PROmoting the Governance of Regional Ecosystem ServiceS (PROGRESS), funded by the European Regional Development Fund (ERDF), aims to initiate a process of exchange of experiences for maintaining nature’s biodiversity, goods and services.
Monitoring progress on the UN Sustainable Development Goals (SDGs) requires a huge amount of data. Citizen science could help fill important data gaps according to a new study published in Nature Sustainability. The research, led by IIASA, has involved a large community of citizen science experts from around the world, including Joan Masó, a researcher at CREAF.
Polyfarming is a regenerative agriculture project that combines forest resources, livestock and crops to recover a fertile soil in Mediterranean mountain areas. The project, co-financed by the European Commission's LIFE program, is led by the CREAF and the Planeses farm, where it is carried out on a real scale.
On 29-30 November 2018, the National Research Institute for Rural Engineering, Water and Forestry (INRGREF) and the Ecological and Forestry Applications Research Centre (CREAF) co-organised the FASTER Kick-off meeting gathering for the first time representatives of its consortium partners. This event allowed the participants to familiarise with the planned work for the next three years of the project’s duration, and to agree on the imminent actions for the coming months.
Aude Valade, CREAF researcher, and the international team behind the study published in Nature recommends that forests be managed with a view to preserving the ecological, social and cultural ecosystem services they provide, rather than to cooling the planet as envisaged in the Paris Agreement.
Coordinated by CREAF and comprising more than 50 European organizations, NEMOR has produced a document seeking the European Commission's recognition of mountains as a unique setting for activities such as testing related to the effects of climate change, reversing depopulation and promoting new circular economy projects.
Need for re-evaluation of water, forest and agriculture management strategies in Catalan strategy for climate change adaptation24 de April 2018Albert Naya i Díaz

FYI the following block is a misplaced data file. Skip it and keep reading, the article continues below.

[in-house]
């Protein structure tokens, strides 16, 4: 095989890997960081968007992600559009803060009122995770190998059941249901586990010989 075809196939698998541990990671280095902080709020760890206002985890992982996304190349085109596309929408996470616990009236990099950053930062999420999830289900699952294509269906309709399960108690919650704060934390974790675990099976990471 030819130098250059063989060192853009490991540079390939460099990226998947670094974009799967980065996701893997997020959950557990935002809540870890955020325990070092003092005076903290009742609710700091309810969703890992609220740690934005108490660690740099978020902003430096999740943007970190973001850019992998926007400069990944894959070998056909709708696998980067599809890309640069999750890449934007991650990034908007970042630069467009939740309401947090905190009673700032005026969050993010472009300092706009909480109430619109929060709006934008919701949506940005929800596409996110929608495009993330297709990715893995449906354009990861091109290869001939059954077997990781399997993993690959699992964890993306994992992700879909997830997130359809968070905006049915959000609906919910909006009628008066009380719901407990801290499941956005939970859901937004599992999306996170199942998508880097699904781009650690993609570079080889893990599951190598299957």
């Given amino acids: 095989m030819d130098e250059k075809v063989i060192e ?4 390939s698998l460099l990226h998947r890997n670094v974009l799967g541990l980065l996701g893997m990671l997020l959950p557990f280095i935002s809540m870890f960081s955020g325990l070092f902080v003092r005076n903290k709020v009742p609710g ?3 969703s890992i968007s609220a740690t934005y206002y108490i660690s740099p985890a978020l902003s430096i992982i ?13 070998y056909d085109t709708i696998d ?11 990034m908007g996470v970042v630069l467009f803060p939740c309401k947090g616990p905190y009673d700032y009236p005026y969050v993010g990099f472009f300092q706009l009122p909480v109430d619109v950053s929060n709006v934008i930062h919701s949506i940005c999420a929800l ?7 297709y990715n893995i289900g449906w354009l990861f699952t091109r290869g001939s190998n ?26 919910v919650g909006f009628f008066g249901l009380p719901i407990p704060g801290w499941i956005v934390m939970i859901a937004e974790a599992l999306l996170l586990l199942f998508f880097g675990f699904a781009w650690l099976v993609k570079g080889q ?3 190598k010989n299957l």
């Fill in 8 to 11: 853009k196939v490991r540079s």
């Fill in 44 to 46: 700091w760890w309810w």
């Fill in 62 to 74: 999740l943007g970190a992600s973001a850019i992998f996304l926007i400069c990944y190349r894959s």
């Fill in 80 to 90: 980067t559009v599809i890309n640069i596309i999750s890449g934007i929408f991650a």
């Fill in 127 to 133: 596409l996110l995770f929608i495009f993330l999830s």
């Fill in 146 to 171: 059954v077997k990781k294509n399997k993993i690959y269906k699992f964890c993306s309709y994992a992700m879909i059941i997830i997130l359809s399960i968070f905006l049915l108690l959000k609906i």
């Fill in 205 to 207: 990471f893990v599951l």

The final conclusions of the LIFE MEDACC project, conducted by the Catalan Office for Climate Change (OCCC) of the Ministry of Territory and Sustainability, CREAF, IPE-CSIC and IRTA, draw attention to the need to adapt forest, agriculture and water management strategies to the new arid conditions expected as a result of climate change. Since 1973, the water flow at the headwaters of the Muga and Ter rivers has dropped by almost half, and the volume of the middle and lower sections of the Segre has decreased by as much as 60%.
The European project MENFRI was coordinated by CREAF and came to an end in 2016. Its novel approach, centering on cooperation and knowledge transfer, has opened the door to new opportunities, The NODE being one of them.
The NODE will be officially launched on 16th November 2016 at the European Parliament in Brussels, within the conference Jobs, Development, Social Inclusion and Climate Change Migration in the Mediterranean: The transformative power of the Forestry and Environmental sector.
Mediterranean forests provide local communities with a diverse range of products such as wood, fodder for livestock and plants and game, all of which contribute to food security and help to alleviate poverty in rural regions. However, these forests will be one of the most affected ecosystems in the near future as temperatures increase and rains decrease. In order to avoid the Mediterranean region turning into a desert, expert forest management is required.
More than 30 participants from around Europe gathered in Barcelona, Spain, for the first meeting of a new European project which will involve the active participation of society in water adaptation to global change.